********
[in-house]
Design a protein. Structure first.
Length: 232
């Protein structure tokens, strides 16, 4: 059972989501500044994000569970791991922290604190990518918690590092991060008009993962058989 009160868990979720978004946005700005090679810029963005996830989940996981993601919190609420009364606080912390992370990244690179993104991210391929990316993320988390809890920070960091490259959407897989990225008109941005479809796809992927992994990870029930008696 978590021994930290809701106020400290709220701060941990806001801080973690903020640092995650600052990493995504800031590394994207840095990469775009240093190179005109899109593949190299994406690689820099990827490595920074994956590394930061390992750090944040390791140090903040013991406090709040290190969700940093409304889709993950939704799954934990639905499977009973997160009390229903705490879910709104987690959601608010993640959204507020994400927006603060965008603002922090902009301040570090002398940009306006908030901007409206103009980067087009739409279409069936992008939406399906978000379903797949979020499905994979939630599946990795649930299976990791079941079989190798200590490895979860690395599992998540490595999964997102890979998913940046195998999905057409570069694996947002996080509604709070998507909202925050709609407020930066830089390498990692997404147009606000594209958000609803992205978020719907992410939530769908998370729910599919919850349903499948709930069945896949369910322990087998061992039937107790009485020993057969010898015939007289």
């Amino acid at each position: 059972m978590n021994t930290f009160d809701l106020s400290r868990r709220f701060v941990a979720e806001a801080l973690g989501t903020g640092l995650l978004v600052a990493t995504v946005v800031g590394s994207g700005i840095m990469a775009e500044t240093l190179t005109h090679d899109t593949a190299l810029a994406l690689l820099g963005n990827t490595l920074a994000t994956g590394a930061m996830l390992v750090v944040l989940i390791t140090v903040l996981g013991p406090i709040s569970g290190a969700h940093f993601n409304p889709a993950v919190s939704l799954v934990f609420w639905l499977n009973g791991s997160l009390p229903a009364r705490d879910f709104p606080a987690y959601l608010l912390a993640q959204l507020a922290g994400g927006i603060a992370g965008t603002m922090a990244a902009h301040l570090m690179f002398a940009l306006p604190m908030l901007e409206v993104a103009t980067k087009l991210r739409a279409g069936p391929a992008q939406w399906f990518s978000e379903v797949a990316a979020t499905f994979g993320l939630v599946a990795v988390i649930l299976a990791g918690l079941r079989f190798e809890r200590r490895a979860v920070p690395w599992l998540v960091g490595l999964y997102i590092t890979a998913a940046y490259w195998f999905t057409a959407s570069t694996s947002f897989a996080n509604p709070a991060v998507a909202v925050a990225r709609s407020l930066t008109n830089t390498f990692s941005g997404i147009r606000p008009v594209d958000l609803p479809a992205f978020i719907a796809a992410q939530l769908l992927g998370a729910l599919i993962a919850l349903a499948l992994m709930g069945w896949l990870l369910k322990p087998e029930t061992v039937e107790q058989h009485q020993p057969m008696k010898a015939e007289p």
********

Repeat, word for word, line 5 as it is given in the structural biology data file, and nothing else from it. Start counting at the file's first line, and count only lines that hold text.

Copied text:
């Amino acid at each position: 059972m978590n021994t930290f009160d809701l106020s400290r868990r709220f701060v941990a979720e806001a801080l973690g989501t903020g640092l995650l978004v600052a990493t995504v946005v800031g590394s994207g700005i840095m990469a775009e500044t240093l190179t005109h090679d899109t593949a190299l810029a994406l690689l820099g963005n990827t490595l920074a994000t994956g590394a930061m996830l390992v750090v944040l989940i390791t140090v903040l996981g013991p406090i709040s569970g290190a969700h940093f993601n409304p889709a993950v919190s939704l799954v934990f609420w639905l499977n009973g791991s997160l009390p229903a009364r705490d879910f709104p606080a987690y959601l608010l912390a993640q959204l507020a922290g994400g927006i603060a992370g965008t603002m922090a990244a902009h301040l570090m690179f002398a940009l306006p604190m908030l901007e409206v993104a103009t980067k087009l991210r739409a279409g069936p391929a992008q939406w399906f990518s978000e379903v797949a990316a979020t499905f994979g993320l939630v599946a990795v988390i649930l299976a990791g918690l079941r079989f190798e809890r200590r490895a979860v920070p690395w599992l998540v960091g490595l999964y997102i590092t890979a998913a940046y490259w195998f999905t057409a959407s570069t694996s947002f897989a996080n509604p709070a991060v998507a909202v925050a990225r709609s407020l930066t008109n830089t390498f990692s941005g997404i147009r606000p008009v594209d958000l609803p479809a992205f978020i719907a796809a992410q939530l769908l992927g998370a729910l599919i993962a919850l349903a499948l992994m709930g069945w896949l990870l369910k322990p087998e029930t061992v039937e107790q058989h009485q020993p057969m008696k010898a015939e007289p």